Mutations in NDUFAF3 (C3ORF60), encoding an NDUFAF4 (C6ORF66)-interacting complex I assembly protein, cause fatal neonatal mitochondrial disease
Saada, Ann × Vogel, Rutger O Hoefs, Saskia J van den Brand, Mariël A Wessels, Hans J Willems, Peter H Venselaar, Hanka Shaag, Avraham Barghuti, Flora Reish, Orit Shohat, Mordechai Huynen, Martijn A Smeitink, Jan A M van den Heuvel, Lambertus Nijtmans, Leo G #
American Society of Human Genetics
American Journal of Human Genetics vol:84 issue:6 pages:718-727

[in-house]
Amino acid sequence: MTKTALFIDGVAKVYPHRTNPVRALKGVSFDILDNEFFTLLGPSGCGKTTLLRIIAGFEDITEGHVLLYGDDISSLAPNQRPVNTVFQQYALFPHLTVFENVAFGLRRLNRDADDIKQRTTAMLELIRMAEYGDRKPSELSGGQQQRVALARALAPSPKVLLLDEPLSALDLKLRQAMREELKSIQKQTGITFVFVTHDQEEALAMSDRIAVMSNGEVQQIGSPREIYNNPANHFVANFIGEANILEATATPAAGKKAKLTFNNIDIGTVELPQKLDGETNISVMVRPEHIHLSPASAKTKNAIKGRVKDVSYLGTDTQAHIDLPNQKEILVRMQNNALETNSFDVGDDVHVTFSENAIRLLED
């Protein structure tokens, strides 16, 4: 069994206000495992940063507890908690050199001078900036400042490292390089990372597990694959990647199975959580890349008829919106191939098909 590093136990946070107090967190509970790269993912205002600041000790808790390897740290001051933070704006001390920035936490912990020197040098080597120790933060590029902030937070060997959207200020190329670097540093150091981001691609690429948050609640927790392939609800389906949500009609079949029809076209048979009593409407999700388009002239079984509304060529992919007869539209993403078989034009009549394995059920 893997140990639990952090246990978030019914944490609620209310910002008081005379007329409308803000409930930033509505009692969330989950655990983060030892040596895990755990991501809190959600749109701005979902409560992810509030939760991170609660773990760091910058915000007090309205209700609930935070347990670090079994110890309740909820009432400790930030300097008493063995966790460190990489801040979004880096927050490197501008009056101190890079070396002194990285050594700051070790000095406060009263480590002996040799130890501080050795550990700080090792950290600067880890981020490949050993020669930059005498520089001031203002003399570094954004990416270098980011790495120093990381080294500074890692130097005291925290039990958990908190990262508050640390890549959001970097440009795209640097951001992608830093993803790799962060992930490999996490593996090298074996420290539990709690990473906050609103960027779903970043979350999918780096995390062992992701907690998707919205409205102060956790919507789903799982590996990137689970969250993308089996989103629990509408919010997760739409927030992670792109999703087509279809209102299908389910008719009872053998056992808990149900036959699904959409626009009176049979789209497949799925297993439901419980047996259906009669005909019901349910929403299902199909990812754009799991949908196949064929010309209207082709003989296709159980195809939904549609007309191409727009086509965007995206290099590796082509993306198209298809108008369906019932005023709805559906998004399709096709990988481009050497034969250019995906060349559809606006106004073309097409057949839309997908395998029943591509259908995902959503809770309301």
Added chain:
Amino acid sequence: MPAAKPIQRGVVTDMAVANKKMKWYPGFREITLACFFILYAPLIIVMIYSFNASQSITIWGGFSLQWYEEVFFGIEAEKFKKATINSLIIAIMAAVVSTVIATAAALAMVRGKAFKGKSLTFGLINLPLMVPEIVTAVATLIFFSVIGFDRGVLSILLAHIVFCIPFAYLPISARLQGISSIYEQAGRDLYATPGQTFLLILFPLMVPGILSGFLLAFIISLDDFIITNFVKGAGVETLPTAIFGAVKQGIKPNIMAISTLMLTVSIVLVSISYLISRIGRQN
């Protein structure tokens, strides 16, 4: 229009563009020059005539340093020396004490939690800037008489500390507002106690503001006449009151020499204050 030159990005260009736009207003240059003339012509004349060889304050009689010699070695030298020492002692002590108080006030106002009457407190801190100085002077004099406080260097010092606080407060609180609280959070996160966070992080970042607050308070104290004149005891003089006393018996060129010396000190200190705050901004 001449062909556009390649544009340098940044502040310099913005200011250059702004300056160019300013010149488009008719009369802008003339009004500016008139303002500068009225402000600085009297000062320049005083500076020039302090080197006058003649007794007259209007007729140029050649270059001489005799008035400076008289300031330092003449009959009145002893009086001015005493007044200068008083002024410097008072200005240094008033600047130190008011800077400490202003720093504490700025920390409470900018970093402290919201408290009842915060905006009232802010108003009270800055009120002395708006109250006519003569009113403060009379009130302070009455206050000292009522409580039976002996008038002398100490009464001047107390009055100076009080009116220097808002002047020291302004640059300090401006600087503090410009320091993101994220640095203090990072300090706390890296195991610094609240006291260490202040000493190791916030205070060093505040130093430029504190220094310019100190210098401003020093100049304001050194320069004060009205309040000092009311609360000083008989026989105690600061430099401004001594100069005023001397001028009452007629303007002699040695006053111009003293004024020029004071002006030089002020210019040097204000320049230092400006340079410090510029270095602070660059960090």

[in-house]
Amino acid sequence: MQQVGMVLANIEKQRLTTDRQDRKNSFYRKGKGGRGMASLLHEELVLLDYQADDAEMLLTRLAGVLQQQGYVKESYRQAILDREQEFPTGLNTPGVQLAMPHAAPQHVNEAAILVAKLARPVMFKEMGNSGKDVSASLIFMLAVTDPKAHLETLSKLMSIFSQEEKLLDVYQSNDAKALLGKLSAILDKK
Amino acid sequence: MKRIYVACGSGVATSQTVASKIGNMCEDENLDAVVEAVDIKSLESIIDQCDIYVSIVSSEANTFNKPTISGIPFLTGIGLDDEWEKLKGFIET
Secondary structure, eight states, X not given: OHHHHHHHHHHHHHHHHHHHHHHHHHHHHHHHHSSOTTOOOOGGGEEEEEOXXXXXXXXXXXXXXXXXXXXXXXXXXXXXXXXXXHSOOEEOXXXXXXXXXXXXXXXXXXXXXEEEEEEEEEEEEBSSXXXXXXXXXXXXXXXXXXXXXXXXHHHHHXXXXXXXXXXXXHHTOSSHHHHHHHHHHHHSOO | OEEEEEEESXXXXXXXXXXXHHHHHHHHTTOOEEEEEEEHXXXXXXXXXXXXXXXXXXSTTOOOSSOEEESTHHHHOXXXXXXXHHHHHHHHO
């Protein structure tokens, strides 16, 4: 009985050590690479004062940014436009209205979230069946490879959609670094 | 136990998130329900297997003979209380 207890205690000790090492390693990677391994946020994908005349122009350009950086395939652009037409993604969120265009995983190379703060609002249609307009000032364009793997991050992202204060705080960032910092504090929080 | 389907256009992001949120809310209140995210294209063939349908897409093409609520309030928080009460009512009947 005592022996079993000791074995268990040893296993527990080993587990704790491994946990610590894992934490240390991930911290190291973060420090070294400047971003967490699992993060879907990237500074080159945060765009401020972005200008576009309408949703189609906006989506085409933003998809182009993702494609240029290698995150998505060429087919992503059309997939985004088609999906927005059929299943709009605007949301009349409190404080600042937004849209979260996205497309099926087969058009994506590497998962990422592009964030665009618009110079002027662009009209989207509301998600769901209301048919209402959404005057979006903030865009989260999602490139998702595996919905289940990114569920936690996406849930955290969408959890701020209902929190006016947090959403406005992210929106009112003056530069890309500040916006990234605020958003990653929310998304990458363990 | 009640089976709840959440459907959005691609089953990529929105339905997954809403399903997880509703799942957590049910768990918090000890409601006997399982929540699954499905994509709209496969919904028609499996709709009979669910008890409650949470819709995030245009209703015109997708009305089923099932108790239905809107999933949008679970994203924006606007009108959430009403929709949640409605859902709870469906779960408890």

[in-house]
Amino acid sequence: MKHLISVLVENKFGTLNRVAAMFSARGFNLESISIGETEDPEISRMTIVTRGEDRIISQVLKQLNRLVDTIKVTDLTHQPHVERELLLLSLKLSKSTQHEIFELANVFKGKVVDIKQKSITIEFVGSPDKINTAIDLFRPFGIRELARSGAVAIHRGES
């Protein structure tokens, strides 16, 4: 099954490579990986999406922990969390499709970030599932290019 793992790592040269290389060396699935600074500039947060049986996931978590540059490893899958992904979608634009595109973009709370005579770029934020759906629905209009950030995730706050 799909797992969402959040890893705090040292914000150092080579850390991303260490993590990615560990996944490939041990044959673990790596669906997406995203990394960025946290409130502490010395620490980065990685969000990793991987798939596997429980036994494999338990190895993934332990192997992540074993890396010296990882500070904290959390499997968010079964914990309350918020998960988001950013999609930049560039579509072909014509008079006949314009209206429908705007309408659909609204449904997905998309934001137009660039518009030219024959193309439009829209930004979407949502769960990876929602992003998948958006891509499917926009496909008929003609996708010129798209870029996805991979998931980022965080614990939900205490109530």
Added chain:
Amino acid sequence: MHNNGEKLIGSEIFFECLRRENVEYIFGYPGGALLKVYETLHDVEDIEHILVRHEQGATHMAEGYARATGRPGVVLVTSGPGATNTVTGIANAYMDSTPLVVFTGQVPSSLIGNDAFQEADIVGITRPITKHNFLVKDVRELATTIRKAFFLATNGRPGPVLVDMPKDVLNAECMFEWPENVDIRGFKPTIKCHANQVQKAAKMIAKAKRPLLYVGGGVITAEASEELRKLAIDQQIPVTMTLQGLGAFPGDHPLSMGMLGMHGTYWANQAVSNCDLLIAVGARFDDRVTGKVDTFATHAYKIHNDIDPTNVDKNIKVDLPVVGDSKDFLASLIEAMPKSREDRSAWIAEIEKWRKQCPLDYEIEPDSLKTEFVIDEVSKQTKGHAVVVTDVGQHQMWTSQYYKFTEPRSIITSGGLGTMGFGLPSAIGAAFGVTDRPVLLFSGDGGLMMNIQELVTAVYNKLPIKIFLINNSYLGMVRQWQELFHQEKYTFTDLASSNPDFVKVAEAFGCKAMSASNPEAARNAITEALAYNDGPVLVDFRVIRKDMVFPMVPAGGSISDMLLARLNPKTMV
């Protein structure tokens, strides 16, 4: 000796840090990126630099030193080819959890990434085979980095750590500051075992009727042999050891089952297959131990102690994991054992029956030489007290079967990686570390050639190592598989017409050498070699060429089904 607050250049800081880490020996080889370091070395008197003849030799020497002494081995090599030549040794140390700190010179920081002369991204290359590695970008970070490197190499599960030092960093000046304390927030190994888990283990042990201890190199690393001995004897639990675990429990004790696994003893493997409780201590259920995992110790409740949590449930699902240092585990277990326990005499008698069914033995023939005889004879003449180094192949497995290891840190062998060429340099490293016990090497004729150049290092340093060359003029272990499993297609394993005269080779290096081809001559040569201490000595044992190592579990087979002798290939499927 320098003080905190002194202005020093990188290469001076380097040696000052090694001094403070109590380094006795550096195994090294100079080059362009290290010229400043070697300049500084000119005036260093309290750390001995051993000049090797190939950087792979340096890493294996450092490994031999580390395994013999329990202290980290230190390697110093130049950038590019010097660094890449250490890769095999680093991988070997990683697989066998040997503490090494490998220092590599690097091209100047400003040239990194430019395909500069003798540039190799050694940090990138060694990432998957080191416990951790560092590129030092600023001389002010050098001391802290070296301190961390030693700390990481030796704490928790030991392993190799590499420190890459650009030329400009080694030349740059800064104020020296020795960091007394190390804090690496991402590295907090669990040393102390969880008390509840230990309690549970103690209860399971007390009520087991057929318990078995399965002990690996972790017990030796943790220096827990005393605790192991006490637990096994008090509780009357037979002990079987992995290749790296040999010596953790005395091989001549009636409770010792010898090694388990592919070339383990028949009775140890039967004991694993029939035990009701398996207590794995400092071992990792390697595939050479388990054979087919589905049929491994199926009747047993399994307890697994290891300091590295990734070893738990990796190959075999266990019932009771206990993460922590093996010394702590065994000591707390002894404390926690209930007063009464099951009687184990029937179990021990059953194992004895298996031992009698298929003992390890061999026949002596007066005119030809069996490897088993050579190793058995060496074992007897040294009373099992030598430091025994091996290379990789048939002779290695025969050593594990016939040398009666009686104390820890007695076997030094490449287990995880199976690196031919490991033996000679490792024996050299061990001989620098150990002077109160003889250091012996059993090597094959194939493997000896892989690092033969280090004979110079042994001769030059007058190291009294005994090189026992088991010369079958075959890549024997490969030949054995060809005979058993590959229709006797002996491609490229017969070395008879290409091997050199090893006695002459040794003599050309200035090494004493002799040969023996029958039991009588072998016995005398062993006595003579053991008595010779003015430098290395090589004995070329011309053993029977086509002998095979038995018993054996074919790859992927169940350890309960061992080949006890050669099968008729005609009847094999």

Mitochondrial complex I deficiency is the most prevalent and least understood disorder of the oxidative phosphorylation system. The genetic cause of many cases of isolated complex I deficiency is unknown because of insufficient understanding of the complex I assembly process and the factors involved. We performed homozygosity mapping and gene sequencing to identify the genetic defect in five complex I-deficient patients from three different families. All patients harbored mutations in the NDUFAF3 (C3ORF60) gene, of which the pathogenic nature was assessed by NDUFAF3-GFP baculovirus complementation in fibroblasts. We found that NDUFAF3 is a genuine mitochondrial complex I assembly protein that interacts with complex I subunits. Furthermore, we show that NDUFAF3 tightly interacts with NDUFAF4 (C6ORF66), a protein previously implicated in complex I deficiency. Additional gene conservation analysis links NDUFAF3 to bacterial-membrane-insertion gene cluster SecF/SecD/YajC and to C8ORF38, also implicated in complex I deficiency. These data not only show that NDUFAF3 mutations cause complex I deficiency but also relate different complex I disease genes by the close cooperation of their encoded proteins during the assembly process.